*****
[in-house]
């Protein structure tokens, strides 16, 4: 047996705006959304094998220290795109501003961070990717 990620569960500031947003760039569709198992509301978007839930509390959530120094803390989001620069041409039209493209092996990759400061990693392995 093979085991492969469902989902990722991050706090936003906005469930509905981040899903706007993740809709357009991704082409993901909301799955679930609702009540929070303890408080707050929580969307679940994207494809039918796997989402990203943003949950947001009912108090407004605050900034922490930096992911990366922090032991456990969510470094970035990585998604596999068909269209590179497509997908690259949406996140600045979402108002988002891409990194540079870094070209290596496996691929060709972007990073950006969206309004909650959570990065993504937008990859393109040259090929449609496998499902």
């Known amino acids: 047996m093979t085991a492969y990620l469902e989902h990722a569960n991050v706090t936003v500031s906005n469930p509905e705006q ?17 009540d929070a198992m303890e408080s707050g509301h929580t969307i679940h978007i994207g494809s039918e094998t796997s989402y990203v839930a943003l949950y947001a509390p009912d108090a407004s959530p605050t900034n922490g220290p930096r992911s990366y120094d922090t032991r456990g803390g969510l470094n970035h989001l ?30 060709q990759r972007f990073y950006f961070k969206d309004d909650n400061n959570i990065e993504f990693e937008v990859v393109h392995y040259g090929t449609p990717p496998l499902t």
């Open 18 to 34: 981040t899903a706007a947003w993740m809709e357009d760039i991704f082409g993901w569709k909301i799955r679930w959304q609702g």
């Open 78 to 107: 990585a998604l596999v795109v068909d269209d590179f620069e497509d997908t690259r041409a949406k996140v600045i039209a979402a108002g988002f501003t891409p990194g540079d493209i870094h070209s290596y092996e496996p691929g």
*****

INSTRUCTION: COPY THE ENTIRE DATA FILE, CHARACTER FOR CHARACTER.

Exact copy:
[in-house]
């Protein structure tokens, strides 16, 4: 047996705006959304094998220290795109501003961070990717 990620569960500031947003760039569709198992509301978007839930509390959530120094803390989001620069041409039209493209092996990759400061990693392995 093979085991492969469902989902990722991050706090936003906005469930509905981040899903706007993740809709357009991704082409993901909301799955679930609702009540929070303890408080707050929580969307679940994207494809039918796997989402990203943003949950947001009912108090407004605050900034922490930096992911990366922090032991456990969510470094970035990585998604596999068909269209590179497509997908690259949406996140600045979402108002988002891409990194540079870094070209290596496996691929060709972007990073950006969206309004909650959570990065993504937008990859393109040259090929449609496998499902």
């Known amino acids: 047996m093979t085991a492969y990620l469902e989902h990722a569960n991050v706090t936003v500031s906005n469930p509905e705006q ?17 009540d929070a198992m303890e408080s707050g509301h929580t969307i679940h978007i994207g494809s039918e094998t796997s989402y990203v839930a943003l949950y947001a509390p009912d108090a407004s959530p605050t900034n922490g220290p930096r992911s990366y120094d922090t032991r456990g803390g969510l470094n970035h989001l ?30 060709q990759r972007f990073y950006f961070k969206d309004d909650n400061n959570i990065e993504f990693e937008v990859v393109h392995y040259g090929t449609p990717p496998l499902t």
């Open 18 to 34: 981040t899903a706007a947003w993740m809709e357009d760039i991704f082409g993901w569709k909301i799955r679930w959304q609702g």
């Open 78 to 107: 990585a998604l596999v795109v068909d269209d590179f620069e497509d997908t690259r041409a949406k996140v600045i039209a979402a108002g988002f501003t891409p990194g540079d493209i870094h070209s290596y092996e496996p691929g």